I've been crazy busy finishing up the edits for the second book in my Speakeasy Murders series, but I am proud that MURDER KNOCKS TWICE has been included in a few articles and podcasts.
Check 'em out!
GSMC Book Review
Podcast Episode 168: Interview with Susanna Calkins
Fun interview with Lori Rader-Day and Layne Fargo, in which we discuss the different Chicagos in our books.
Day job meets night job! Nice mention of the creative writing workshop I recently ran at Northwestern University Summer Writer's Conference in Pioneer Press.
The launch of MURDER KNOCKS TWICE has been such a whirlwind! But I do enjoy meeting readers at my book events, and telling new stories about my research and writing.
I've also had the chance to write a few blog posts on different aspects of my research and writing. Here are a few:
There's a funny thing about persistence that writers often talk about. We talk about continuing despite the odds, mustering up the courage to keep writing even when things get hard, just pushing on even when the outcome is not known.
This is what I felt with MURDER KNOCKS TWICE, and how moving it has been for me to see this book out in the world.
The journey of MURDER KNOCKS TWICE began about nine years ago. I was still querying--unsuccessfully--what would become the first novel in my new series--A MURDER AT ROSAMUND'S GATE. I kept getting rejected by agents, and I thought, 'Maybe I need to set aside this seventeenth-century novel, and try my hand at something different." (For the more complete journey of the first series, check out my post in HOW IT HAPPENED on the Thrill Begins).
Even though I'm a British historian by training, for many years I've been teaching a graduate course on the History and Philosophy of Higher Education. On several occasions, I had found my way to the amazing archives at my university, and I began to think about setting my book on a college campus (much like mine) in 1930 Chicago. I was interested in college rituals and the role of the first women in college.
I wrote about 200 pages of this book, which featured a young Egyptian woman named Shani, and her sidekick gum-cracking roommate Gina Ricci. I thought, this is going to be my new thing. My new historic period, my new world.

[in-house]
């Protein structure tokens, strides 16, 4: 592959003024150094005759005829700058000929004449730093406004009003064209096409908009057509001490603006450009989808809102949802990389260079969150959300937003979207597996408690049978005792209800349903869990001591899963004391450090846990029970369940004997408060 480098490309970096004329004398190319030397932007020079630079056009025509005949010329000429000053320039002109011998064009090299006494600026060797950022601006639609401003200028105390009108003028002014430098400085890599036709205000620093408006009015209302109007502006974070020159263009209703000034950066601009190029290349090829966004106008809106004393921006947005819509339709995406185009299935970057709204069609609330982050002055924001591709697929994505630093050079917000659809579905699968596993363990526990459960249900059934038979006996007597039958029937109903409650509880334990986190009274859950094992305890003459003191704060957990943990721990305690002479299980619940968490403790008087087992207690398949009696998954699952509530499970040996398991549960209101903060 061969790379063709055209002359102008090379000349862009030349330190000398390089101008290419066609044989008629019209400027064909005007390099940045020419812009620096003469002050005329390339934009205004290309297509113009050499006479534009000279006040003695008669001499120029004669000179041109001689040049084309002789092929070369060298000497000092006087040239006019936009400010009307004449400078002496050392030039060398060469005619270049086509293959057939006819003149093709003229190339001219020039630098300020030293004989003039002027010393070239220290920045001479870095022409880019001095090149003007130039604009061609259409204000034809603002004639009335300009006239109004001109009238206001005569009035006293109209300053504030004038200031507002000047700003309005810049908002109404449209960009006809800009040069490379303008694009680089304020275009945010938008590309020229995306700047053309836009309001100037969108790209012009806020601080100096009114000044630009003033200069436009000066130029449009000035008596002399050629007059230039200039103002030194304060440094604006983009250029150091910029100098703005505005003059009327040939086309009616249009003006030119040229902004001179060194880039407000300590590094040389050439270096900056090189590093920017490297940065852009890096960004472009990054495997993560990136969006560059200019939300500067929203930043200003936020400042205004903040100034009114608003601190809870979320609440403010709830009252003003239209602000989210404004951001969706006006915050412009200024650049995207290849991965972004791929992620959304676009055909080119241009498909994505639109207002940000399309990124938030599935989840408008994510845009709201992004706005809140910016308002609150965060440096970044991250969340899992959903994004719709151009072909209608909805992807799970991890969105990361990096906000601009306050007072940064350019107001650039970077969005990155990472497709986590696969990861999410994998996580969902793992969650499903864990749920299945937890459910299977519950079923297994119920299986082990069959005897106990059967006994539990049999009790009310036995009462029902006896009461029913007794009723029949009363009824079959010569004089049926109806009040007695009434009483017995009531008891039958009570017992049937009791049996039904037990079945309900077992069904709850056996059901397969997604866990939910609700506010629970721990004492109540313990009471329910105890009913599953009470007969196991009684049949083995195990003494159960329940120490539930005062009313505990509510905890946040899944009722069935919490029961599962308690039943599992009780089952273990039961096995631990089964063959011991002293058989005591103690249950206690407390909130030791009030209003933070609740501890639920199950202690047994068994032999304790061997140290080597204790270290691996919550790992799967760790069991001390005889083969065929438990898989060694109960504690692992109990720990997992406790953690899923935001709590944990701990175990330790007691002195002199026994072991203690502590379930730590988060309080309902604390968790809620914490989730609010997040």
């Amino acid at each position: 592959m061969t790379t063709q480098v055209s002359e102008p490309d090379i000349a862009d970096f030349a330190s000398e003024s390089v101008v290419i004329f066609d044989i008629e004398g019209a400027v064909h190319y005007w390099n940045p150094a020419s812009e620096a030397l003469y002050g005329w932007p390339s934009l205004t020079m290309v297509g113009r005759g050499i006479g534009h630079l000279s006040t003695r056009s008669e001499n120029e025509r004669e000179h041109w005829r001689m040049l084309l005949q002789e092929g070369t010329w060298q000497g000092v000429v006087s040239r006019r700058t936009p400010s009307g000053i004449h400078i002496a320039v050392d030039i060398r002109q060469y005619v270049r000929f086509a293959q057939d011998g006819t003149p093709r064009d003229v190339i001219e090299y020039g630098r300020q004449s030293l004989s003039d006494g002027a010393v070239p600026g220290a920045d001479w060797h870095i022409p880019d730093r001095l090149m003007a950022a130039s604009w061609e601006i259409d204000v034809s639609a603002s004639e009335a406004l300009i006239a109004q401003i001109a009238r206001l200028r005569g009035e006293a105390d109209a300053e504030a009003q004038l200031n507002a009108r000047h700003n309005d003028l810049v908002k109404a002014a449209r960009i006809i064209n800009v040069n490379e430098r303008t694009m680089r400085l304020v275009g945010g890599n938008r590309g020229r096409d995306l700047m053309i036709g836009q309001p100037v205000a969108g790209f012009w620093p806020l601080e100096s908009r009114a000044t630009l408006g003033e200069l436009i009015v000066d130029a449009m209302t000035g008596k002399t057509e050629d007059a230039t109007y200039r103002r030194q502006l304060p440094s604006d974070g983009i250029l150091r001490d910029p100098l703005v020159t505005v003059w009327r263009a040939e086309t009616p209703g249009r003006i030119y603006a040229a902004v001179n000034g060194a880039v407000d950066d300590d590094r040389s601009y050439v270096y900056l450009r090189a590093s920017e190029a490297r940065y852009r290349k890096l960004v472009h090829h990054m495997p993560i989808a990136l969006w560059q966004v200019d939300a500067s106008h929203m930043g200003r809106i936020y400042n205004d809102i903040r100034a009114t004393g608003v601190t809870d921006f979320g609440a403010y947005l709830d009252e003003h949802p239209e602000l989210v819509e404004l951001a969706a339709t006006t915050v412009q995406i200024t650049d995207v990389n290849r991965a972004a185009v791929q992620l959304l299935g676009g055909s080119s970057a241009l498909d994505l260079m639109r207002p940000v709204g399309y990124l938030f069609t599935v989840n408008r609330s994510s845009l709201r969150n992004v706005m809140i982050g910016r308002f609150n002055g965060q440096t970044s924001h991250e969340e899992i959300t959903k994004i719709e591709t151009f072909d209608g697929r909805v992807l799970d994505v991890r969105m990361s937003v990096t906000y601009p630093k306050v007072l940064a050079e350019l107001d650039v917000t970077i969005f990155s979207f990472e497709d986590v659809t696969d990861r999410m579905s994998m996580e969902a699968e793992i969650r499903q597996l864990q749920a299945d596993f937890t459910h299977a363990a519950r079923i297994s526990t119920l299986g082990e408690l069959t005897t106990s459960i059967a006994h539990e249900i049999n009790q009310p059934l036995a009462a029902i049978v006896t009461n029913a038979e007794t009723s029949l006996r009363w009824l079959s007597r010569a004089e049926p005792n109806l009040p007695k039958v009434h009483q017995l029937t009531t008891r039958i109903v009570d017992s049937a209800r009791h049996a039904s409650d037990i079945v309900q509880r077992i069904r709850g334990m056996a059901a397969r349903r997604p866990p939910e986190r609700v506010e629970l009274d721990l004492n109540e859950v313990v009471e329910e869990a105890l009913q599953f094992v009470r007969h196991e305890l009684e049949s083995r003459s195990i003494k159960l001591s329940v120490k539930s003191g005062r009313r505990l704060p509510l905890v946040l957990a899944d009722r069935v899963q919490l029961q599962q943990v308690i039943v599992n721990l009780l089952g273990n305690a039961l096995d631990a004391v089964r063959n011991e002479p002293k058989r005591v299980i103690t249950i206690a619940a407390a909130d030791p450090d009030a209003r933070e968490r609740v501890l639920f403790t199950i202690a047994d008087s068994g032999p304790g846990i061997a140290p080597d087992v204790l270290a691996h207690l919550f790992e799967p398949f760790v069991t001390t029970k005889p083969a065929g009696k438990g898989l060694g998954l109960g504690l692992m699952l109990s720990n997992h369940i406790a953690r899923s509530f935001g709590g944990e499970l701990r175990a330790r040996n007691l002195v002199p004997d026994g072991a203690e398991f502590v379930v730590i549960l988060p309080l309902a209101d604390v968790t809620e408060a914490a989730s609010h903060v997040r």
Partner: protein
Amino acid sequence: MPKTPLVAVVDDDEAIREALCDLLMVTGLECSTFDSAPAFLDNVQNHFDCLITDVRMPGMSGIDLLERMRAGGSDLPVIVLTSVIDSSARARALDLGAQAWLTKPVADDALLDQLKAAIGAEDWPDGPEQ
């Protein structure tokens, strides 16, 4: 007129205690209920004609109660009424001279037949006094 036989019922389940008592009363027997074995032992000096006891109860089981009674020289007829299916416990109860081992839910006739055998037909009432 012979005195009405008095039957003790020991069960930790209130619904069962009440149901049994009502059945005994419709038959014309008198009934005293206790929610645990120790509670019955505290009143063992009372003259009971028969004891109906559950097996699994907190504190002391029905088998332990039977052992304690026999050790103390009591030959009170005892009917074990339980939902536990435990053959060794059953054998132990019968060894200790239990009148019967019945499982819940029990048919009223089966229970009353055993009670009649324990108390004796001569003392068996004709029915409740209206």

But then, an interesting thing happened.
That seventeenth-century novel ended up selling, and I ended up writing four books in that series (and will have a fifth out next year). So I set aside my 1930s Chicago novel, and it went in the DRAWER.
But then, a few years ago, when my publisher asked me about a new series, I came back to that drawer and made an interesting discovery. The sidekick roommate was really the star of the book, and I moved her out of college, and into a West side Chicago speakeasy. Most of those 200 pages were scrapped, but the idea of the story remained. I wrote the first part without a contract, and then it was picked up.
So there's a lesson in there, for me at least, about persisting even when the outcome is not known. The persistence was helped by loving the world that I was creating for my characters. I mean, speakeasies....cocktails....murder...?
Every writer I know is regularly asked, "Where do you get your ideas?" Some authors love this question, some hate it. For me, I'm somewhere in between.
With my very first novel, A MURDER AT ROSAMUND'S GATE, I was essentially answering a set of questions that had come to me while I was studying murder ballads as a graduate student (as one does!) So, back then, it was super easy and fun to answer.
With my new series, the ideas came to me differently, so my response is no longer so pat. But I am regularly inspired by 1920s newspapers.